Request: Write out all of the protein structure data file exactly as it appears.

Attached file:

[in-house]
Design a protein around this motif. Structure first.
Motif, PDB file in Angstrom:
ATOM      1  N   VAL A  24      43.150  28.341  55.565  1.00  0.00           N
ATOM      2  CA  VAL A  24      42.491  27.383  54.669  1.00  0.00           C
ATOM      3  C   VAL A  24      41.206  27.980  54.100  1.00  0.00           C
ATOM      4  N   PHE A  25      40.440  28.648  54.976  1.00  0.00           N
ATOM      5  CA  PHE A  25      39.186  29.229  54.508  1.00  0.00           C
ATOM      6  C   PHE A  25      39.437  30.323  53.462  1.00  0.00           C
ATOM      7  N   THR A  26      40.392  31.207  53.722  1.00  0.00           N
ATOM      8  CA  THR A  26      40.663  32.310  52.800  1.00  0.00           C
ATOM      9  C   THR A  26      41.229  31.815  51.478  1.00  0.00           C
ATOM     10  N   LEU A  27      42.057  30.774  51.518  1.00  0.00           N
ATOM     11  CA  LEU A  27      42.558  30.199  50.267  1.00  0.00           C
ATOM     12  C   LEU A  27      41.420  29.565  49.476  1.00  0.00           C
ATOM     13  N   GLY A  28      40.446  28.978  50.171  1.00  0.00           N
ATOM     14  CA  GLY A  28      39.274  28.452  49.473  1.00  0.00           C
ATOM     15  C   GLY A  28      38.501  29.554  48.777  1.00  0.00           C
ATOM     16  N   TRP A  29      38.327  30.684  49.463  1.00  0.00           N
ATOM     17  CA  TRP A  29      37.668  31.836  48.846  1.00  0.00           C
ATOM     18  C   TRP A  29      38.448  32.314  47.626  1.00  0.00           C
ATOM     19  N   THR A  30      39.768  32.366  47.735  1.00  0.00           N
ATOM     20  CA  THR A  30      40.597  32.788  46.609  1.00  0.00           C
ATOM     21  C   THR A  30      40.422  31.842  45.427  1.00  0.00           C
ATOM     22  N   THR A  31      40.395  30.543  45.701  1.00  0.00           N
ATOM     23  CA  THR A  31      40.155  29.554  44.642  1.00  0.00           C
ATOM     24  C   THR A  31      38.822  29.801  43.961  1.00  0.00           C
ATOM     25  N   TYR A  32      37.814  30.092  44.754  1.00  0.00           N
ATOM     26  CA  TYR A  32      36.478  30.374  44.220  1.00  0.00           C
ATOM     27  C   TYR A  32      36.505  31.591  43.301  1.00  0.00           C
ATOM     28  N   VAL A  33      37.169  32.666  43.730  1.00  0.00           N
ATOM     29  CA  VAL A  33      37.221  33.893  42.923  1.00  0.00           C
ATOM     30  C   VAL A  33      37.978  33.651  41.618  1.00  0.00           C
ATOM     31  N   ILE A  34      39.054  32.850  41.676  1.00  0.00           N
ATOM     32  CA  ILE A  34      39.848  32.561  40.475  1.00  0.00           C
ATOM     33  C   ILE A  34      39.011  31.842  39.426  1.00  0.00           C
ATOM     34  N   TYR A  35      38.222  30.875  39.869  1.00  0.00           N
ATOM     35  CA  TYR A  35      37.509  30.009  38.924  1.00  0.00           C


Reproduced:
[in-house]
Design a protein around this motif. Structure first.
Motif, PDB file in Angstrom:
ATOM      1  N   VAL A  24      43.150  28.341  55.565  1.00  0.00           N
ATOM      2  CA  VAL A  24      42.491  27.383  54.669  1.00  0.00           C
ATOM      3  C   VAL A  24      41.206  27.980  54.100  1.00  0.00           C
ATOM      4  N   PHE A  25      40.440  28.648  54.976  1.00  0.00           N
ATOM      5  CA  PHE A  25      39.186  29.229  54.508  1.00  0.00           C
ATOM      6  C   PHE A  25      39.437  30.323  53.462  1.00  0.00           C
ATOM      7  N   THR A  26      40.392  31.207  53.722  1.00  0.00           N
ATOM      8  CA  THR A  26      40.663  32.310  52.800  1.00  0.00           C
ATOM      9  C   THR A  26      41.229  31.815  51.478  1.00  0.00           C
ATOM     10  N   LEU A  27      42.057  30.774  51.518  1.00  0.00           N
ATOM     11  CA  LEU A  27      42.558  30.199  50.267  1.00  0.00           C
ATOM     12  C   LEU A  27      41.420  29.565  49.476  1.00  0.00           C
ATOM     13  N   GLY A  28      40.446  28.978  50.171  1.00  0.00           N
ATOM     14  CA  GLY A  28      39.274  28.452  49.473  1.00  0.00           C
ATOM     15  C   GLY A  28      38.501  29.554  48.777  1.00  0.00           C
ATOM     16  N   TRP A  29      38.327  30.684  49.463  1.00  0.00           N
ATOM     17  CA  TRP A  29      37.668  31.836  48.846  1.00  0.00           C
ATOM     18  C   TRP A  29      38.448  32.314  47.626  1.00  0.00           C
ATOM     19  N   THR A  30      39.768  32.366  47.735  1.00  0.00           N
ATOM     20  CA  THR A  30      40.597  32.788  46.609  1.00  0.00           C
ATOM     21  C   THR A  30      40.422  31.842  45.427  1.00  0.00           C
ATOM     22  N   THR A  31      40.395  30.543  45.701  1.00  0.00           N
ATOM     23  CA  THR A  31      40.155  29.554  44.642  1.00  0.00           C
ATOM     24  C   THR A  31      38.822  29.801  43.961  1.00  0.00           C
ATOM     25  N   TYR A  32      37.814  30.092  44.754  1.00  0.00           N
ATOM     26  CA  TYR A  32      36.478  30.374  44.220  1.00  0.00           C
ATOM     27  C   TYR A  32      36.505  31.591  43.301  1.00  0.00           C
ATOM     28  N   VAL A  33      37.169  32.666  43.730  1.00  0.00           N
ATOM     29  CA  VAL A  33      37.221  33.893  42.923  1.00  0.00           C
ATOM     30  C   VAL A  33      37.978  33.651  41.618  1.00  0.00           C
ATOM     31  N   ILE A  34      39.054  32.850  41.676  1.00  0.00           N
ATOM     32  CA  ILE A  34      39.848  32.561  40.475  1.00  0.00           C
ATOM     33  C   ILE A  34      39.011  31.842  39.426  1.00  0.00           C
ATOM     34  N   TYR A  35      38.222  30.875  39.869  1.00  0.00           N
ATOM     35  CA  TYR A  35      37.509  30.009  38.924  1.00  0.00           C